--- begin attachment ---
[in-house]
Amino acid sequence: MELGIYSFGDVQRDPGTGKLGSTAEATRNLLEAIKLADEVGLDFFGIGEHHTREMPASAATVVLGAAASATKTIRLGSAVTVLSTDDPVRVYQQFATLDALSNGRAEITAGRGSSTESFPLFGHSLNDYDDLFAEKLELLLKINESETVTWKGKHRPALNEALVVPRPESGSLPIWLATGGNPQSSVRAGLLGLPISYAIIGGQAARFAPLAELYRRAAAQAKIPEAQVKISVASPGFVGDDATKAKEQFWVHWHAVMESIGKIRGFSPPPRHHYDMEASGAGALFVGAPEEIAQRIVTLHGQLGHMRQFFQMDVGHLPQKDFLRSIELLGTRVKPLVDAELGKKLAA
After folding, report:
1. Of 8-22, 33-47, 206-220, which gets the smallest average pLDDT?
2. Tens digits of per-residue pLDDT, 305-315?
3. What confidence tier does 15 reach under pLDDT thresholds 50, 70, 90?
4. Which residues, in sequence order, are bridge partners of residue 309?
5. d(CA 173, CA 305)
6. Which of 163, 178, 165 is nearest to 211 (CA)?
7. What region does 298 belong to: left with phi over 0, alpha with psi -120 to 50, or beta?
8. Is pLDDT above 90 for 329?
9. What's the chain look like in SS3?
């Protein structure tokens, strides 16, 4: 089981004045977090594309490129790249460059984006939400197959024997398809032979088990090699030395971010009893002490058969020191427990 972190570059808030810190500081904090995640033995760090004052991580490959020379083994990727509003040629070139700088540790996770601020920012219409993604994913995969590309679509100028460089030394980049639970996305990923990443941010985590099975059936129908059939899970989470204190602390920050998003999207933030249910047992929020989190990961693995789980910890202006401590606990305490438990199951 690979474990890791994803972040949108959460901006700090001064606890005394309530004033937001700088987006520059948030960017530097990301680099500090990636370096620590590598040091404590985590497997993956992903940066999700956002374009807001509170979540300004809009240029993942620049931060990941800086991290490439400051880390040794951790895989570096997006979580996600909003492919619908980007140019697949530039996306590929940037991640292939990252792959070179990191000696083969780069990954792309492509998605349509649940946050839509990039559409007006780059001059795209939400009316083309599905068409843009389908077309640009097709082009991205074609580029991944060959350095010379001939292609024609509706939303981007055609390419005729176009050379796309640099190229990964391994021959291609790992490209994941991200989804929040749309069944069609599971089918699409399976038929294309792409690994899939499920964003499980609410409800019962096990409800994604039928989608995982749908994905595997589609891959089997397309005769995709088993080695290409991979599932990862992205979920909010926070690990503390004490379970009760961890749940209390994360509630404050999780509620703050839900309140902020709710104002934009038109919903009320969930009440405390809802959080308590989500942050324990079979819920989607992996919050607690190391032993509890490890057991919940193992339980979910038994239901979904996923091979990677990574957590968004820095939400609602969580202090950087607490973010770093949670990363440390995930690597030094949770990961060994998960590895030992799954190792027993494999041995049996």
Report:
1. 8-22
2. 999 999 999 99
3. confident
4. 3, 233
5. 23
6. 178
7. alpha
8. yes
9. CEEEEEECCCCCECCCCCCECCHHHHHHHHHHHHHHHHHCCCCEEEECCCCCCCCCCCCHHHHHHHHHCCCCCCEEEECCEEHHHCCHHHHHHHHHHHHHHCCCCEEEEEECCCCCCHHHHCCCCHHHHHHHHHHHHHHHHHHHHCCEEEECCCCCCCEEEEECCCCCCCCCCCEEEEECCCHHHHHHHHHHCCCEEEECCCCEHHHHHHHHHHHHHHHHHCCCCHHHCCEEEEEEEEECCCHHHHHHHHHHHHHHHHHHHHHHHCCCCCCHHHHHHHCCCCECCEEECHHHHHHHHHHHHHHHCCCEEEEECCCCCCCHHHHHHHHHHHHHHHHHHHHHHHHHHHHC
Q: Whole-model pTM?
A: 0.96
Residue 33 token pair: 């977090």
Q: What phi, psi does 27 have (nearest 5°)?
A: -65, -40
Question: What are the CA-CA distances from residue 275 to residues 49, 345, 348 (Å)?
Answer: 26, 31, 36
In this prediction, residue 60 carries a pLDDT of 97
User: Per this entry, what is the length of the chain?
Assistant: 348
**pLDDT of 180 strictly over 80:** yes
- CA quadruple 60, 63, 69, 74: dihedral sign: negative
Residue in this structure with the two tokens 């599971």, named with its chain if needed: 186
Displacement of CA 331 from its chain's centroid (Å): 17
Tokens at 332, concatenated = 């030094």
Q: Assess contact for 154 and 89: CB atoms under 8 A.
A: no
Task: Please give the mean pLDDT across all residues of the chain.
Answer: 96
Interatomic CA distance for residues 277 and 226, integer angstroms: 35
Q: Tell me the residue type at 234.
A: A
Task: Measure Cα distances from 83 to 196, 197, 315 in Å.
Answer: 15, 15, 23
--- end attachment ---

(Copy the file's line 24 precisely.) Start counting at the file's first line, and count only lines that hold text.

Q: Whole-model pTM?